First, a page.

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Blood Biomarker Measured in Hockey Player Concussions

Hockey faceoff

(Dan4th/Flickr)

14 March 2014. Researchers at Quanterix Corp. in Lexington, Massachusetts, and universities in Sweden, tested the company’s method for detecting and measuring tau protein as an indicator of concussion in the blood of professional hockey players. The team led by Pashtun Shahim at University of Gothenburg, with colleagues at Quanterix, Sahlgrenska University Hospital, and University College London published their findings online yesterday in the journal JAMA Neurology.

Quanterix develops medical diagnostics it says are many times more sensitive than standard lab tests. The company’s technology captures single molecules with magnetic beads in traps as small as one-quadrillionth of a liter, using standard reagents based on enzymes and antibodies. The technology is based on research by Tufts University chemistry professor David Walt, Quanterix’s scientific founder, who continues as an advisor to the company.

Quanterix applies the technology to diagnostics for cancer, inflammatory disorders, and infectious diseases, as well as neurological conditions. For brain disorders, its diagnostics measure concentrations of the tau protein, associated with Alzheimer’s disease and traumatic brain injuries. Detecting and measuring tau protein currently requires samples of cerebral spinal fluid, usually collected through a lumbar puncture, also known as a spinal tap, which is expensive and time-consuming.

The new study sought to detect and measure tau concentrations using a Quanterix test in samples of blood plasma, which are much easier to collect than cerebral spinal fluid, but up to now tau concentrations in blood were too low to be detected. The researchers took baseline measures with standard concussion assessments and blood samples from 288 hockey players from 12 teams in Sweden’s professional league before the 2012-2013 season began.

Players from two of the teams agreed to take part in more extensive tests, and provided blood samples after sustaining head injuries or concussions during the season. Blood samples were collected  1, 12, 36, 48, and 144 hours after an injury, and before returning to the ice. The players were also diagnosed using standard concussion assessments and guidelines. Of the 47 players on the two teams, 35 sustained a concussion from September 2012 through January 2013, with 28 agreeing to provide blood samples.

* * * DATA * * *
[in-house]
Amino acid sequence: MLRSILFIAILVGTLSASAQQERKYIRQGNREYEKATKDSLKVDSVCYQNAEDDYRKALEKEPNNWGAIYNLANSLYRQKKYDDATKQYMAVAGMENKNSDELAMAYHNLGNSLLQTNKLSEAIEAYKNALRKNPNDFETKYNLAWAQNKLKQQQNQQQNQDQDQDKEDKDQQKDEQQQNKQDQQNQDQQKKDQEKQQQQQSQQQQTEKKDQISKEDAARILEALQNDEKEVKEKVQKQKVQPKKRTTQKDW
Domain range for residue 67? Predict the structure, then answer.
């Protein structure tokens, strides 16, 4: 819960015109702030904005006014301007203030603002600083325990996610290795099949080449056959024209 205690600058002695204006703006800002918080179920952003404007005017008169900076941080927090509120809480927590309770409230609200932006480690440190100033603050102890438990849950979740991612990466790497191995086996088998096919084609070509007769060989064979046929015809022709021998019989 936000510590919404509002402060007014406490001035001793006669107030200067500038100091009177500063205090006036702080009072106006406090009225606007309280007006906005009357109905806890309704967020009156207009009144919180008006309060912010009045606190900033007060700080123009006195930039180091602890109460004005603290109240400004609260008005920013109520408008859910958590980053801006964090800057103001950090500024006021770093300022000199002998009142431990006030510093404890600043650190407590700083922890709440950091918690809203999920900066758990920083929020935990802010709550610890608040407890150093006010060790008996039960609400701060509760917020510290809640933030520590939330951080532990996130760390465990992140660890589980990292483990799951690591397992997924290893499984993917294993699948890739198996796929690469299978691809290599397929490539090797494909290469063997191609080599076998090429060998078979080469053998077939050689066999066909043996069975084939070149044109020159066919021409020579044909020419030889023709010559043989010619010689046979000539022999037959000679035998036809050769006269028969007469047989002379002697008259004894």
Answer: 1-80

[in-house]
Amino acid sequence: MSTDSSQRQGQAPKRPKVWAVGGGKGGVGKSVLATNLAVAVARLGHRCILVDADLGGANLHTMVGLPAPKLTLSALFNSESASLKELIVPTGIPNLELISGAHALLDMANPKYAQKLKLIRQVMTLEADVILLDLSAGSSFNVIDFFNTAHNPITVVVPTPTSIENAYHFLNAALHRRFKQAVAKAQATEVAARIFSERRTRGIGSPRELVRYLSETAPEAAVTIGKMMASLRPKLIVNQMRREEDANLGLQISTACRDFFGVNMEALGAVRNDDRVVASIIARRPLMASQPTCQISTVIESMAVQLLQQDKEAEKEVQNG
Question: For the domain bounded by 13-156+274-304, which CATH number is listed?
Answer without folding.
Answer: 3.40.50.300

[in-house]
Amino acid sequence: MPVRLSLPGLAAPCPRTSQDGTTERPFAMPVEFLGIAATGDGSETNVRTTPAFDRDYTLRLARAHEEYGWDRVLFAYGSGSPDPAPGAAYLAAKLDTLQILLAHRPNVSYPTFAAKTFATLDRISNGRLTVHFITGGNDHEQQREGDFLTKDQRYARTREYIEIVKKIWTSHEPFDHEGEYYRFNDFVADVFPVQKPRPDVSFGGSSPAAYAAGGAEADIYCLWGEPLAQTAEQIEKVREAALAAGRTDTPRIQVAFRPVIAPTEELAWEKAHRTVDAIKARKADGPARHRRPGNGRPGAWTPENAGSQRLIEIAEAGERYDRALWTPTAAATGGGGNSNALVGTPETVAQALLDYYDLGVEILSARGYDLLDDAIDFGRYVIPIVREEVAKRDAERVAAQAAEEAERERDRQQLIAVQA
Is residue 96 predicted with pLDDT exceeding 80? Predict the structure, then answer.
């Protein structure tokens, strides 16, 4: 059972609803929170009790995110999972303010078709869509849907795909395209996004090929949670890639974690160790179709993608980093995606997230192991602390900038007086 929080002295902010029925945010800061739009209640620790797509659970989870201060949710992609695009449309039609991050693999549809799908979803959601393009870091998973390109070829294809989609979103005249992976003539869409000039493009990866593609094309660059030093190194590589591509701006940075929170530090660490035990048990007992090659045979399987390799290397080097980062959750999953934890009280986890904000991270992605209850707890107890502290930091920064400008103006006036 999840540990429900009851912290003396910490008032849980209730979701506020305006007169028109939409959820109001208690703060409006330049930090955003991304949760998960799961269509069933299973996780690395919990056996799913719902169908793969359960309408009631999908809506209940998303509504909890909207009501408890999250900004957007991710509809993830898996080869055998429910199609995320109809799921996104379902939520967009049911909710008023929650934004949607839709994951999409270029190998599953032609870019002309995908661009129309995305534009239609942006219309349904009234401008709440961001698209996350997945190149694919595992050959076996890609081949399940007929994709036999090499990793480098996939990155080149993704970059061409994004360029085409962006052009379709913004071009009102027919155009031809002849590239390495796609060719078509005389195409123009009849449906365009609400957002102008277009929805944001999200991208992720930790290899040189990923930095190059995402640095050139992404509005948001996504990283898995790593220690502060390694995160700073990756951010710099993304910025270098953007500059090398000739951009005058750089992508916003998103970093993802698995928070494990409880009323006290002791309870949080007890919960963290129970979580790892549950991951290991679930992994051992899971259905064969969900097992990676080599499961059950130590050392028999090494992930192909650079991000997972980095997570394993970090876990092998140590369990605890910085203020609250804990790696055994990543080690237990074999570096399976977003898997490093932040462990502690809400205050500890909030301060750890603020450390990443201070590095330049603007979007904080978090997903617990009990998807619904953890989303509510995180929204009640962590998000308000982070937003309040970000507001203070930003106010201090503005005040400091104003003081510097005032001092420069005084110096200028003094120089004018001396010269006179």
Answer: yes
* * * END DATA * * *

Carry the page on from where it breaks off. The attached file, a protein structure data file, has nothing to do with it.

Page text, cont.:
The blood tests using the Quanterix technology show the players with concussions had increased levels of total tau protein, as well as calcium-binding protein B, another biomarker for brain injury, compared to their preseason readings. The tau protein levels were highest immediately after the injury, and generally decreased in the next 12 hours, then over the next six days (144 hours). Tau levels also tended to be higher for more severe concussions, where players lost consciousness, but the differences were not large enough to be statistically reliable.

Detecting and tracking concussions with a blood test makes it possible to simplify the accurate diagnosis of the condition, as well as indicating when a player is fit to return to the ice (or field or ring). Blood tests could also be designed for diagnosing traumatic brain injuries suffered by troops in combat.

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